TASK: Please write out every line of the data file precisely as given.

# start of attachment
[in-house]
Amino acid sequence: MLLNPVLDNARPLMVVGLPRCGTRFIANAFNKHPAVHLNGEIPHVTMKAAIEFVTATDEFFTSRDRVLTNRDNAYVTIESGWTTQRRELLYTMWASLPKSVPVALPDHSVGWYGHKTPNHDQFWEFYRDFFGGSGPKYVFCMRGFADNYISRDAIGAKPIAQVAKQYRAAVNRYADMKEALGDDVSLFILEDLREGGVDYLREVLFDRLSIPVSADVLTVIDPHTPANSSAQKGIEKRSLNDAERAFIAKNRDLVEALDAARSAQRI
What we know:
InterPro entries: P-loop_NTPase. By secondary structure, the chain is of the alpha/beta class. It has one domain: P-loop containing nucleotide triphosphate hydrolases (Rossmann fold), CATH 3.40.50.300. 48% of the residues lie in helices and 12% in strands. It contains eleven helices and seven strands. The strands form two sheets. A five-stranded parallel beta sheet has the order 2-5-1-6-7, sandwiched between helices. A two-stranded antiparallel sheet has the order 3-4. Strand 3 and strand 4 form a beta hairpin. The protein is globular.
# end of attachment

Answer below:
[in-house]
Amino acid sequence: MLLNPVLDNARPLMVVGLPRCGTRFIANAFNKHPAVHLNGEIPHVTMKAAIEFVTATDEFFTSRDRVLTNRDNAYVTIESGWTTQRRELLYTMWASLPKSVPVALPDHSVGWYGHKTPNHDQFWEFYRDFFGGSGPKYVFCMRGFADNYISRDAIGAKPIAQVAKQYRAAVNRYADMKEALGDDVSLFILEDLREGGVDYLREVLFDRLSIPVSADVLTVIDPHTPANSSAQKGIEKRSLNDAERAFIAKNRDLVEALDAARSAQRI
What we know:
InterPro entries: P-loop_NTPase. By secondary structure, the chain is of the alpha/beta class. It has one domain: P-loop containing nucleotide triphosphate hydrolases (Rossmann fold), CATH 3.40.50.300. 48% of the residues lie in helices and 12% in strands. It contains eleven helices and seven strands. The strands form two sheets. A five-stranded parallel beta sheet has the order 2-5-1-6-7, sandwiched between helices. A two-stranded antiparallel sheet has the order 3-4. Strand 3 and strand 4 form a beta hairpin. The protein is globular.